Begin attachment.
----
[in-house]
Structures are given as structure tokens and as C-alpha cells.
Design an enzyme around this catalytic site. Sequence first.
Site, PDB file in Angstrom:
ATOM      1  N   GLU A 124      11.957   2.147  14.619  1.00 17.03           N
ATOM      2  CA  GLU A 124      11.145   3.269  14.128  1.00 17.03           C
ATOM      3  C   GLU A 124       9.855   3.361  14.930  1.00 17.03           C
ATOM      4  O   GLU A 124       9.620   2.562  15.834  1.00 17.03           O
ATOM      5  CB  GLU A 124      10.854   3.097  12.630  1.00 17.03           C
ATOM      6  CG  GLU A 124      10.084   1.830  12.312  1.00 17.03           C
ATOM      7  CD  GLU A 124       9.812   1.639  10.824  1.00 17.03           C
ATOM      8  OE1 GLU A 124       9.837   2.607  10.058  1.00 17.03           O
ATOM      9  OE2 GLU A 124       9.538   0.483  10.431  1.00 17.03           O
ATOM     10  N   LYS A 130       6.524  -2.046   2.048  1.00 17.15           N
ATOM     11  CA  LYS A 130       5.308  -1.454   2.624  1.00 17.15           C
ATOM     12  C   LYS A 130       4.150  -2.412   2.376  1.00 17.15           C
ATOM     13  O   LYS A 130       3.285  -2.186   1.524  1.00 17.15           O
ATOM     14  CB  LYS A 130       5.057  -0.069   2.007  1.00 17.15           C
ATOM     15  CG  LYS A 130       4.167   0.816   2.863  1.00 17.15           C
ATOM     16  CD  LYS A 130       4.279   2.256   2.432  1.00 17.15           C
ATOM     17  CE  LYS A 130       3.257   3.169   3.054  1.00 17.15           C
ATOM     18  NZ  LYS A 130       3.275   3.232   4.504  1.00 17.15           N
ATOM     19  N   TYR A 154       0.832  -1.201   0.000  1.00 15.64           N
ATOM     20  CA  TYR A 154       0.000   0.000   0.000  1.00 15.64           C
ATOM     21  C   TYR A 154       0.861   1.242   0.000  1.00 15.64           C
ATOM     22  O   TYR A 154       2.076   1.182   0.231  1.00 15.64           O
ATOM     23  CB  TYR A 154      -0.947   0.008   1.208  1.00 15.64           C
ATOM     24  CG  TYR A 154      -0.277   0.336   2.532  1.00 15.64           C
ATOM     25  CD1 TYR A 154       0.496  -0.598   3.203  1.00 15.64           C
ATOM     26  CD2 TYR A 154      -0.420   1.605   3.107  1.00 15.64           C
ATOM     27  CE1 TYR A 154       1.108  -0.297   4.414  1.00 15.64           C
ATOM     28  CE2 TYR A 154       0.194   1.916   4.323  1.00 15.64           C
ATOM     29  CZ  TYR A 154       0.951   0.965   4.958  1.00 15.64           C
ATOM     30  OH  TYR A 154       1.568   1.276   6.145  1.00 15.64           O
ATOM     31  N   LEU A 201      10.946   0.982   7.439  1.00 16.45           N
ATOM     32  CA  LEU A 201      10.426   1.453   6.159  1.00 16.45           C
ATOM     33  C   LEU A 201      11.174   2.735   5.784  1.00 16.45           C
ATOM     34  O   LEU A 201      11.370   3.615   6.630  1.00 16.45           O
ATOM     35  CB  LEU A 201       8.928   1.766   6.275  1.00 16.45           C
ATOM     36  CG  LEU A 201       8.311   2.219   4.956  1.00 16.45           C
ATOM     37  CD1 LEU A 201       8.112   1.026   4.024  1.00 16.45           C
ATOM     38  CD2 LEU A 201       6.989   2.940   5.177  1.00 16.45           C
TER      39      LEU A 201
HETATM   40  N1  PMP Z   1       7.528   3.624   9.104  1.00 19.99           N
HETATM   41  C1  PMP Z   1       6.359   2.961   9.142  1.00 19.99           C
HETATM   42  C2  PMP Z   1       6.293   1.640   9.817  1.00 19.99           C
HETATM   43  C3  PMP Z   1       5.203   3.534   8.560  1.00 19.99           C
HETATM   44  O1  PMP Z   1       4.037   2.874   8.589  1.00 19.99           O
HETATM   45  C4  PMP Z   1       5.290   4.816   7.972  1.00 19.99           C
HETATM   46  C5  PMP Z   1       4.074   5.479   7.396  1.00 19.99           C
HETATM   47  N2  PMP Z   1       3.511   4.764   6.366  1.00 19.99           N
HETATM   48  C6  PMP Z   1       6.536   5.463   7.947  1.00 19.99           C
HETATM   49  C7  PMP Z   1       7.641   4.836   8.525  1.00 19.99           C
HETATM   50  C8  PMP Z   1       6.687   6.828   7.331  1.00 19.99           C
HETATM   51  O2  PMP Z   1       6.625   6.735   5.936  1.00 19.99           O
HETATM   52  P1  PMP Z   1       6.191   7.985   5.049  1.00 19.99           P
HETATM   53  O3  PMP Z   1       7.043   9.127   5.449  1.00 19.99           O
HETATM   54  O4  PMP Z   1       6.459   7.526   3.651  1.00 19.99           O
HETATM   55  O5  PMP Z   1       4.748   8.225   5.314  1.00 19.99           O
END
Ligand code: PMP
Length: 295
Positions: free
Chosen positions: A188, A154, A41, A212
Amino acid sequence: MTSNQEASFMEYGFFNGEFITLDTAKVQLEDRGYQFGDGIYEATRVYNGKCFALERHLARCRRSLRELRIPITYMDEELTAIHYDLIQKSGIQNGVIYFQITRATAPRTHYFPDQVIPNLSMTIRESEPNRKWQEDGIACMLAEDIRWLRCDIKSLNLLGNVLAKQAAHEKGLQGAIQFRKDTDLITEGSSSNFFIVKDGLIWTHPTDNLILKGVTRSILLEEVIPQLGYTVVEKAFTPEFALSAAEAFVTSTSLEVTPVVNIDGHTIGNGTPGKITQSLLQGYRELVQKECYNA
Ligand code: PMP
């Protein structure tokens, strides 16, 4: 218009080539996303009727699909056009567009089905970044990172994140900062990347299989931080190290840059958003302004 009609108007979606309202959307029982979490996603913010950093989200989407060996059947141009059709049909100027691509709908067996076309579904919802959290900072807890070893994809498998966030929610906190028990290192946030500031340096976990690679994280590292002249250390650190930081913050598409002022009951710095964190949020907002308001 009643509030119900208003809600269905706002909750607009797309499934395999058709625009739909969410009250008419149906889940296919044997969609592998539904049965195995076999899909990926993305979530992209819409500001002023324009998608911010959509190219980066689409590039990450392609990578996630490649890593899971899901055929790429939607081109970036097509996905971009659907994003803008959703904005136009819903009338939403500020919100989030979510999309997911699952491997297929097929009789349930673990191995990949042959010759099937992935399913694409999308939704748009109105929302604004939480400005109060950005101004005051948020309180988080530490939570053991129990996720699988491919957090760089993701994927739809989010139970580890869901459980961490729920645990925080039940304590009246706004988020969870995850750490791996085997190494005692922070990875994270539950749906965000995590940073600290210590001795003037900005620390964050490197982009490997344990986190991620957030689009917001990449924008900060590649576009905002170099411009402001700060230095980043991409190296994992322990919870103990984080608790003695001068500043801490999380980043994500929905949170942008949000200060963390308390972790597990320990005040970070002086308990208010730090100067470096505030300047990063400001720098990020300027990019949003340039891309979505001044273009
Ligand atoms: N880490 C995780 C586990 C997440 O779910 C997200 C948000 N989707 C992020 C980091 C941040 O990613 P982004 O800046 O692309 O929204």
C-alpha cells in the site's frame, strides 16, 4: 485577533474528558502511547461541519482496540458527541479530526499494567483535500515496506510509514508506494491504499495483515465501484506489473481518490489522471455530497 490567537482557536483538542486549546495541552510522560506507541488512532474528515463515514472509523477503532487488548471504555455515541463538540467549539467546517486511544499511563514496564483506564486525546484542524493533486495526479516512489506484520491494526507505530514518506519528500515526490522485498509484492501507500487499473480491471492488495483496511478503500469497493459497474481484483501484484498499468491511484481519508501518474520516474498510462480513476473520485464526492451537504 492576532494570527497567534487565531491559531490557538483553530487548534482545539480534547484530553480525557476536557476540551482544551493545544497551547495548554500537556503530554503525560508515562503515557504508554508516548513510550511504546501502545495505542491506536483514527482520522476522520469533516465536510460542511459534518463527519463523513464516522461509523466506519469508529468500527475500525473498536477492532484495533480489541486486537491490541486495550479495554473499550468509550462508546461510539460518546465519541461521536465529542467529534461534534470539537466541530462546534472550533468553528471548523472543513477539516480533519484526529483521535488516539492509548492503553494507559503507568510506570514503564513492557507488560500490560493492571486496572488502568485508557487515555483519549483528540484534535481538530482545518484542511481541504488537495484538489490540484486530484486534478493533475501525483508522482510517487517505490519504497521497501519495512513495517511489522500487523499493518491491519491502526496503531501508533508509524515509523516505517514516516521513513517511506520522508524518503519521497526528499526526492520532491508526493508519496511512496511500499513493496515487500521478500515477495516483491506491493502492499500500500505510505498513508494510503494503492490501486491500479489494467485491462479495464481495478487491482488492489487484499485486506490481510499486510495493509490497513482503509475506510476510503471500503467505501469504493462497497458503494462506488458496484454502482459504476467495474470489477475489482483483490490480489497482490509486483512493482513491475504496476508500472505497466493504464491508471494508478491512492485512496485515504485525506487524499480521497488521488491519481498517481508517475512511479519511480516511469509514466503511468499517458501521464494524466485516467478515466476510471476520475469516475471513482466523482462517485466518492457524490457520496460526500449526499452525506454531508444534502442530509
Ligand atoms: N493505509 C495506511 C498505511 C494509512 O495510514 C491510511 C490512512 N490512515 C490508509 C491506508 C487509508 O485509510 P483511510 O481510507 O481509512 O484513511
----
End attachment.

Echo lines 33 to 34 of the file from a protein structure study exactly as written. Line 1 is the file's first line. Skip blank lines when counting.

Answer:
ATOM     29  CZ  TYR A 154       0.951   0.965   4.958  1.00 15.64           C
ATOM     30  OH  TYR A 154       1.568   1.276   6.145  1.00 15.64           O